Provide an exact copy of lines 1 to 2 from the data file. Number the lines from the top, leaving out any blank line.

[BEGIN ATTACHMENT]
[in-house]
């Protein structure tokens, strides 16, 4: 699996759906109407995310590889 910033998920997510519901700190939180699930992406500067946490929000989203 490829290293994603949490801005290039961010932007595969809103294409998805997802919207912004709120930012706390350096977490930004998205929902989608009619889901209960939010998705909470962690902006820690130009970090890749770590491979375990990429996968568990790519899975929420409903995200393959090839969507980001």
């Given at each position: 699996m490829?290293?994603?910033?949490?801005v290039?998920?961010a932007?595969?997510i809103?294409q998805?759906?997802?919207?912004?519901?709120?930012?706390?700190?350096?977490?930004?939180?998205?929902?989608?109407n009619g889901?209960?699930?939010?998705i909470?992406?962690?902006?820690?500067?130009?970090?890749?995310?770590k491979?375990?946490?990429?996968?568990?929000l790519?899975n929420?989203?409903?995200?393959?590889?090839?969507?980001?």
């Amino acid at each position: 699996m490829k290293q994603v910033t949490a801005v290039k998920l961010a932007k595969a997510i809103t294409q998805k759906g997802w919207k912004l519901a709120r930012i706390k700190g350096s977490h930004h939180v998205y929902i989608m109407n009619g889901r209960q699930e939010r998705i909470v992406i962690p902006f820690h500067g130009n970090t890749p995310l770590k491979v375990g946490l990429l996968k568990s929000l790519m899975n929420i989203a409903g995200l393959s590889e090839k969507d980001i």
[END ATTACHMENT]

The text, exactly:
[in-house]
């Protein structure tokens, strides 16, 4: 699996759906109407995310590889 910033998920997510519901700190939180699930992406500067946490929000989203 490829290293994603949490801005290039961010932007595969809103294409998805997802919207912004709120930012706390350096977490930004998205929902989608009619889901209960939010998705909470962690902006820690130009970090890749770590491979375990990429996968568990790519899975929420409903995200393959090839969507980001």